Dave Mustaine talks about why he likes “She Wolf” by Megadeth as one of his favorite songs of all time:
“I wrote “She Wolf” about something that happened to a manager we had at the time who I was really close with. He had just started dating this girl. I knew she was dating him because she had just broken up with her boyfriend, who was one of my friends who worked at MTV. And I had heard from my wife and Ellefson’s wife that they saw her back with her ex while she was dating my friend. We went down to Brazil and she tried to pick up on me down there.
When I got back to America I told my friend what happened, and she goes, “No, he tried picking up on me.” I was really, really mad. “How could you say that about me? You’re not even attractive.”
And I go, “OK, you’re it. I’m gonna lay you out.” So I wrote “She Wolf” about her.”
8. “Peace Sells” – (1986 – Peace Sells … but Who’s Buying?)
The 1986 “Peace Sells … but Who’s Buying?” album saved Megadeth. That was the record that saved the band when they were broke and were barely surviving, cementing their place as Thrash Metal gods. If it wasn’t for this album and the title track’s iconic music video, perhaps Mustaine would have been forgotten.
The bass intro by David Ellefson is the stuff of legends; the same goes for Mustaine’s lyrics. The song reeks of iconic moments and it’s one of the band’s most popular tunes. The riff in the chorus makes the entire song work and shows how Megadeth were ahead of their time.
Mustaine has gone on record saying that he knew this song was great when he wrote it. He also highlighted how this paved a new path for the band, going from pure Thrash to something more ambitious.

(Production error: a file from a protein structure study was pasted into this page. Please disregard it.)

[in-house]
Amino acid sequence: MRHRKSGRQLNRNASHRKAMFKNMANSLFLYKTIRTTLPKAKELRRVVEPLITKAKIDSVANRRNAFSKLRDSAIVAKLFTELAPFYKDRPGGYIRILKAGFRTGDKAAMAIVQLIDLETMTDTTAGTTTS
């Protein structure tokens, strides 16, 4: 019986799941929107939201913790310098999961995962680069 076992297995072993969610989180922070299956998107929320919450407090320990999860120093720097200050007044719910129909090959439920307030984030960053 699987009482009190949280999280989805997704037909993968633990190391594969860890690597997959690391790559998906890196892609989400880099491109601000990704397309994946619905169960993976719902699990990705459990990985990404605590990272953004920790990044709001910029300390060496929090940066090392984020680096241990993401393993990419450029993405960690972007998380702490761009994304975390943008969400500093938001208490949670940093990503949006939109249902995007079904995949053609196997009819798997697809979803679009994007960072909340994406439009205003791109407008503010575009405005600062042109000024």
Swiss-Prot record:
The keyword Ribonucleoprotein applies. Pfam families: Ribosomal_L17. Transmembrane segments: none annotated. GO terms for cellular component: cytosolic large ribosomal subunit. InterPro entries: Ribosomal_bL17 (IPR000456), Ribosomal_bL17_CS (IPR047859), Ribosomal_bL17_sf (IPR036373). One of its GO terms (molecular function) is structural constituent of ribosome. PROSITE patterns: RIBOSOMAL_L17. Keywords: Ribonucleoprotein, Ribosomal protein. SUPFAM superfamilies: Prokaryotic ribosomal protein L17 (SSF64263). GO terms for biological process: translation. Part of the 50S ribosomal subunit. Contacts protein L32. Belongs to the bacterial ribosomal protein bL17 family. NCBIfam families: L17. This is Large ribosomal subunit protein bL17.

Dave Mustaine reveals why he likes “Peace Sells … but Who’s Buying?” by Megadeth as one of his favorite songs of all time:
“I wrote it because I was tired of people mocking metal in general and mocking people who are metal fans. It was hard for me to watch the way we were stereotyped on TV, just as dumbasses. For the most part, I think that a lot of musicians are very intelligent and very talented. It’s a bummer the way people had been stereotyped.
I knew when I wrote that song that I was onto something because prior to that song, everything was just shred-festing and just playing really fast, aggressive stuff. But as soon as “Peace Sells” came out, it was like, “Wow this is really a song-song,” something that, unbeknownst to myself, would stand the test of time, something that would be my friend forever.
Never had I gotten that feeling from our previous songs. I never thought, “Hey, you’re gonna be playing this song every night for the rest of your life.”
9. “Sweating Bullets” – (1992 – Countdown to Extinction)
Mustaine’s creative peak was during the early 90s. The entirety of the 80s and early 90s saw the man crafting some of the best songs in Metal. His combination of intensity with technique was very unique and he also developed a knack for catchy melodies. “Sweating Bullets” could be considered as one of Mustaine’s greatest achievements.
It’s no secret that Dave Mustaine’s vocals are a divisive topic. Not everybody is a fan of the man’s singing, which has kept some people from even enjoying Megadeth. However, there is no denying that he has gotten a lot from his singing, and “Sweating Bullets” is a perfect example of this.
Dave has always been very vocal about his personal life and the obstacles he has overcome. Megadeth’s lyrics are mainly about Mustaine’s life and perspective. In that regard, this song shows a lot of his mental struggles and is done as satire, especially considering how he sings.